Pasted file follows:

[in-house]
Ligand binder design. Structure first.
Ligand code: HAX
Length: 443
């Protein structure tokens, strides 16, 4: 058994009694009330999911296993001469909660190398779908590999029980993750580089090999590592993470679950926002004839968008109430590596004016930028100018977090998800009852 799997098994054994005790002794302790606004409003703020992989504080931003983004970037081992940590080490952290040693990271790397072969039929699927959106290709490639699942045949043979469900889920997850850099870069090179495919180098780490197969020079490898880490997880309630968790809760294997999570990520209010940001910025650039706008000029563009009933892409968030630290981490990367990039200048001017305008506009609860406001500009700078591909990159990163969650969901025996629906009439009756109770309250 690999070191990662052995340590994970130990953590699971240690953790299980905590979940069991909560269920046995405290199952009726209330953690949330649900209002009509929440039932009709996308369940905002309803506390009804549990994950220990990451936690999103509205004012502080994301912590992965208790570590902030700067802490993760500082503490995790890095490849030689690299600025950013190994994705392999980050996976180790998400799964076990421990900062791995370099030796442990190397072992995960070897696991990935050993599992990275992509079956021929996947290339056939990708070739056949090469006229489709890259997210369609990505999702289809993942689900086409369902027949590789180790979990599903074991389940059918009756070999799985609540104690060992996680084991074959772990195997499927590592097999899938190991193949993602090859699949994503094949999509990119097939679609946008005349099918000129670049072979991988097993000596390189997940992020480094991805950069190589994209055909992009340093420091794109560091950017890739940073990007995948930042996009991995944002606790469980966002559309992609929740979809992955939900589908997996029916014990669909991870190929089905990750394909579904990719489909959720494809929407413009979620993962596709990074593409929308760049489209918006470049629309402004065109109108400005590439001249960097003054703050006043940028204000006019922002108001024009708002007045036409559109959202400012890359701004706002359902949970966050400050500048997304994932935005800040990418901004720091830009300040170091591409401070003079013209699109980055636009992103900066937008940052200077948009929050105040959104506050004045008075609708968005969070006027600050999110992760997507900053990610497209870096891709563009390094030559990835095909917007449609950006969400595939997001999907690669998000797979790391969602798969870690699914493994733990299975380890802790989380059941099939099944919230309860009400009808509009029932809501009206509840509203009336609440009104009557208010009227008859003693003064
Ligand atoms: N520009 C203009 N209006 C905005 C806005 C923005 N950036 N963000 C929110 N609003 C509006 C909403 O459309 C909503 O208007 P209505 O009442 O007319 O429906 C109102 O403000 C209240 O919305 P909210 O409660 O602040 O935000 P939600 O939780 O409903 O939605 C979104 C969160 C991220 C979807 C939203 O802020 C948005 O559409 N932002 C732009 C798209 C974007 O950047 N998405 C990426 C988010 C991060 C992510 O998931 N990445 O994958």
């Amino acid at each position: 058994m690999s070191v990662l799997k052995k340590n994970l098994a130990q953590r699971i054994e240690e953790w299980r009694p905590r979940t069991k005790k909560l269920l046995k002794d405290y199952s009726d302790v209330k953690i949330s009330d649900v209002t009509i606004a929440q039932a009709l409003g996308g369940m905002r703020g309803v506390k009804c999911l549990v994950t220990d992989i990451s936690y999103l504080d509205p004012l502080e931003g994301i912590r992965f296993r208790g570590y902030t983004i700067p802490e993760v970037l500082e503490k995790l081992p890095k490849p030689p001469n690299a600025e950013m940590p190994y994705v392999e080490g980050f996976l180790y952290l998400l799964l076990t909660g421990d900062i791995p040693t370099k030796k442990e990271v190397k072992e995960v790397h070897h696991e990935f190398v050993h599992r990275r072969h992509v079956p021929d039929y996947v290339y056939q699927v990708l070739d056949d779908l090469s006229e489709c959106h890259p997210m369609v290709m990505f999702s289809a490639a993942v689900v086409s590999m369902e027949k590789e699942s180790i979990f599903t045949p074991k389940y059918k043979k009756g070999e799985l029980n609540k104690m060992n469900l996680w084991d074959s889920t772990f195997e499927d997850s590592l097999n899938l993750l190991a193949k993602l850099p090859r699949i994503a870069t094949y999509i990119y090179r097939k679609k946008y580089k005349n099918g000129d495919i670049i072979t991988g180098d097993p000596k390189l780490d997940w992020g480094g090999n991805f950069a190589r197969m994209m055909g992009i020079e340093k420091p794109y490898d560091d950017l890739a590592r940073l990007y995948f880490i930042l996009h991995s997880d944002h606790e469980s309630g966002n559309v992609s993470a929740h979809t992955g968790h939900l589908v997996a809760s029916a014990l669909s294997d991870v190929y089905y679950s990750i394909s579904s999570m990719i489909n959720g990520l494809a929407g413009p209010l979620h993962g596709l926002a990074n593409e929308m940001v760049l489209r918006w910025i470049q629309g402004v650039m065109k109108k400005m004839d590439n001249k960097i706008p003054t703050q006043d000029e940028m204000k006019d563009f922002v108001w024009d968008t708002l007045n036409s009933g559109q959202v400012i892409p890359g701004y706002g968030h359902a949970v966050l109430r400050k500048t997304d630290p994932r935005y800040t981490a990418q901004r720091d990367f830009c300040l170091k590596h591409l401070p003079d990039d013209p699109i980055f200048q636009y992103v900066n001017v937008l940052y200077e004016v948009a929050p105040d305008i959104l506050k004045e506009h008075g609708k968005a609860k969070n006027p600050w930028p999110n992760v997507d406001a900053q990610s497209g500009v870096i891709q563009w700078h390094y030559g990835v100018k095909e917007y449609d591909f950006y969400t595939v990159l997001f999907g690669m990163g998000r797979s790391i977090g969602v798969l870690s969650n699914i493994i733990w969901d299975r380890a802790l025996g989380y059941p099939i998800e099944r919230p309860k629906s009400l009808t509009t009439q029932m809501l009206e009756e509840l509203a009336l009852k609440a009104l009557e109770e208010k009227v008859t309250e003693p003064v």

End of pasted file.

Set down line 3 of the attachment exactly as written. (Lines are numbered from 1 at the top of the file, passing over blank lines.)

Ligand code: HAX